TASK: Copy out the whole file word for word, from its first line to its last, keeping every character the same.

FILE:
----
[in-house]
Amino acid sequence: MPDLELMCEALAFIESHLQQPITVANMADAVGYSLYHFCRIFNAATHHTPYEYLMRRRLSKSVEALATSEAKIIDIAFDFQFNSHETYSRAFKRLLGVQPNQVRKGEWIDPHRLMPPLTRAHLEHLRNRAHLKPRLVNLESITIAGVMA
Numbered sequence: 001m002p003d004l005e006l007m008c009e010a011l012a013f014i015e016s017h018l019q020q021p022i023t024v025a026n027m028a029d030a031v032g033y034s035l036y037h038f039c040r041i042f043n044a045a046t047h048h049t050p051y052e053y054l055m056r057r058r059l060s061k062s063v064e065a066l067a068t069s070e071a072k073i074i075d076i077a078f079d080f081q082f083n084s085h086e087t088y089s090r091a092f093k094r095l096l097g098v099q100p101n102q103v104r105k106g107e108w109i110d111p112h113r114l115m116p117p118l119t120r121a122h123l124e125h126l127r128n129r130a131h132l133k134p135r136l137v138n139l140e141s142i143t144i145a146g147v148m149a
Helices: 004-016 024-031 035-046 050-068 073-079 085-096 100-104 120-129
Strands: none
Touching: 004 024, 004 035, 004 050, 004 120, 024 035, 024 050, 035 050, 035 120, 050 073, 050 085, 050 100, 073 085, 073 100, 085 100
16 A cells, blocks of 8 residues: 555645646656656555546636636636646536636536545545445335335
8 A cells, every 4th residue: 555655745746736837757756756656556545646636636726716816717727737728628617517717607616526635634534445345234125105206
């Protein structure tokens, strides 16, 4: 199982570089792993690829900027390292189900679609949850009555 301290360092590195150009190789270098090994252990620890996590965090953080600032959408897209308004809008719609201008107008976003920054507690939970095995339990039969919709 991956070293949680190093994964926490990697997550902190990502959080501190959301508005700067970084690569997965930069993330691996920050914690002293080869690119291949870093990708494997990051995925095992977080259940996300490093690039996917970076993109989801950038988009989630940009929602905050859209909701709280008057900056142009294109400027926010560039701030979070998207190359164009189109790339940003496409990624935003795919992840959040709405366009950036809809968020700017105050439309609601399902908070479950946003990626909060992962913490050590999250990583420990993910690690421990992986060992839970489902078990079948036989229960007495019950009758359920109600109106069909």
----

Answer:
[in-house]
Amino acid sequence: MPDLELMCEALAFIESHLQQPITVANMADAVGYSLYHFCRIFNAATHHTPYEYLMRRRLSKSVEALATSEAKIIDIAFDFQFNSHETYSRAFKRLLGVQPNQVRKGEWIDPHRLMPPLTRAHLEHLRNRAHLKPRLVNLESITIAGVMA
Numbered sequence: 001m002p003d004l005e006l007m008c009e010a011l012a013f014i015e016s017h018l019q020q021p022i023t024v025a026n027m028a029d030a031v032g033y034s035l036y037h038f039c040r041i042f043n044a045a046t047h048h049t050p051y052e053y054l055m056r057r058r059l060s061k062s063v064e065a066l067a068t069s070e071a072k073i074i075d076i077a078f079d080f081q082f083n084s085h086e087t088y089s090r091a092f093k094r095l096l097g098v099q100p101n102q103v104r105k106g107e108w109i110d111p112h113r114l115m116p117p118l119t120r121a122h123l124e125h126l127r128n129r130a131h132l133k134p135r136l137v138n139l140e141s142i143t144i145a146g147v148m149a
Helices: 004-016 024-031 035-046 050-068 073-079 085-096 100-104 120-129
Strands: none
Touching: 004 024, 004 035, 004 050, 004 120, 024 035, 024 050, 035 050, 035 120, 050 073, 050 085, 050 100, 073 085, 073 100, 085 100
16 A cells, blocks of 8 residues: 555645646656656555546636636636646536636536545545445335335
8 A cells, every 4th residue: 555655745746736837757756756656556545646636636726716816717727737728628617517717607616526635634534445345234125105206
């Protein structure tokens, strides 16, 4: 199982570089792993690829900027390292189900679609949850009555 301290360092590195150009190789270098090994252990620890996590965090953080600032959408897209308004809008719609201008107008976003920054507690939970095995339990039969919709 991956070293949680190093994964926490990697997550902190990502959080501190959301508005700067970084690569997965930069993330691996920050914690002293080869690119291949870093990708494997990051995925095992977080259940996300490093690039996917970076993109989801950038988009989630940009929602905050859209909701709280008057900056142009294109400027926010560039701030979070998207190359164009189109790339940003496409990624935003795919992840959040709405366009950036809809968020700017105050439309609601399902908070479950946003990626909060992962913490050590999250990583420990993910690690421990992986060992839970489902078990079948036989229960007495019950009758359920109600109106069909």